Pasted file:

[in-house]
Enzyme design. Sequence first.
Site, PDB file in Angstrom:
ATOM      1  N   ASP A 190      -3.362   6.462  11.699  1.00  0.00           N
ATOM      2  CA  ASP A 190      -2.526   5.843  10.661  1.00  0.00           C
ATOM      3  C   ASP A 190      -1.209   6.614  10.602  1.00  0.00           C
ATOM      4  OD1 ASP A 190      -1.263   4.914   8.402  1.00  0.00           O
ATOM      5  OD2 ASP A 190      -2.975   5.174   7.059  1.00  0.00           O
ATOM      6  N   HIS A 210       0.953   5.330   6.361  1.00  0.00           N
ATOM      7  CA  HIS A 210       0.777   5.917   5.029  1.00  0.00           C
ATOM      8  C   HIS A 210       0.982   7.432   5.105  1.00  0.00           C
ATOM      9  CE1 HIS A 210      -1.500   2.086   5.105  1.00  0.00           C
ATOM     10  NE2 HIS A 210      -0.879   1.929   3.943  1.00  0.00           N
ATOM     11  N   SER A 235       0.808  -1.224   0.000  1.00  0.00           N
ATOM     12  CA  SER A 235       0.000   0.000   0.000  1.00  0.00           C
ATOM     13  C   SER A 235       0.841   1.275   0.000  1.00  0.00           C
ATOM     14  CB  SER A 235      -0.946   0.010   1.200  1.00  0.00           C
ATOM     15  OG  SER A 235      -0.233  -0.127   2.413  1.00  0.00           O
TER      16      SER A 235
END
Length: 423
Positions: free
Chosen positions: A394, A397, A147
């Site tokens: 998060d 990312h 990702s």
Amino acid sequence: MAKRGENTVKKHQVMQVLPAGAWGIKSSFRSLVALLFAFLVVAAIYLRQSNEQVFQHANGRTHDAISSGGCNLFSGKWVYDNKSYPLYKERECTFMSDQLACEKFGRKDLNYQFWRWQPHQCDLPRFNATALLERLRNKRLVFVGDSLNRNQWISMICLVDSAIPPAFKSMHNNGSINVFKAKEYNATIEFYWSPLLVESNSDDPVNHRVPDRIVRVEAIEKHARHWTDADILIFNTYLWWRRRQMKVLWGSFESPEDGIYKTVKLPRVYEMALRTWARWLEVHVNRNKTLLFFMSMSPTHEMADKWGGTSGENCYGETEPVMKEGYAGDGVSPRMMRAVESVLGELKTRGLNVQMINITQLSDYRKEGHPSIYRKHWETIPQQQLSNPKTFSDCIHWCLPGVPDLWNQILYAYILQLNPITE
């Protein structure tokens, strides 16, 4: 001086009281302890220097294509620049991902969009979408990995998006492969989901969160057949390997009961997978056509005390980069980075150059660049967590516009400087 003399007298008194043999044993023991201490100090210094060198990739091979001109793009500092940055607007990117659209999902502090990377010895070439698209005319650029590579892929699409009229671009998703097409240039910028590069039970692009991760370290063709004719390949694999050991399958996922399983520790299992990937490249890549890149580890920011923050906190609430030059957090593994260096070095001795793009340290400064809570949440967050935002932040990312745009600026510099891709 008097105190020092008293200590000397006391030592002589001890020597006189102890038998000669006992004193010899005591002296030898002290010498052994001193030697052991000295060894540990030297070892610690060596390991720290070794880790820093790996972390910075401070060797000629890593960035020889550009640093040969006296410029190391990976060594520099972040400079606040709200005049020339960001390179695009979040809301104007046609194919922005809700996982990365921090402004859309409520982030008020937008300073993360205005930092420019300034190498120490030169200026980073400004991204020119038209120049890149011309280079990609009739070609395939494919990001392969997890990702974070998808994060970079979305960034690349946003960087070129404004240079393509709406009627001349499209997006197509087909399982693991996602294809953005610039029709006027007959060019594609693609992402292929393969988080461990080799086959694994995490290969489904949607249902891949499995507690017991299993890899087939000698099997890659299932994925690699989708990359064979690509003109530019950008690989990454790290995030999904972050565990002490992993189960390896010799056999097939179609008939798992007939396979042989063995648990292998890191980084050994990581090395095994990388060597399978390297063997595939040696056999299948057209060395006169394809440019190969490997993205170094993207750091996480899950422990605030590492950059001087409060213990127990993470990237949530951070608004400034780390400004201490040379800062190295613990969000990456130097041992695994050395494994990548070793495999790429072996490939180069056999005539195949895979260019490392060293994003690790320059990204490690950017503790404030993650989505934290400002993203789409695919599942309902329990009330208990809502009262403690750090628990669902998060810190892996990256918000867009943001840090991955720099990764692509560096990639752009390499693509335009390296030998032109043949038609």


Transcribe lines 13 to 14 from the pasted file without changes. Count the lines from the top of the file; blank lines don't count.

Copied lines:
ATOM     10  NE2 HIS A 210      -0.879   1.929   3.943  1.00  0.00           N
ATOM     11  N   SER A 235       0.808  -1.224   0.000  1.00  0.00           N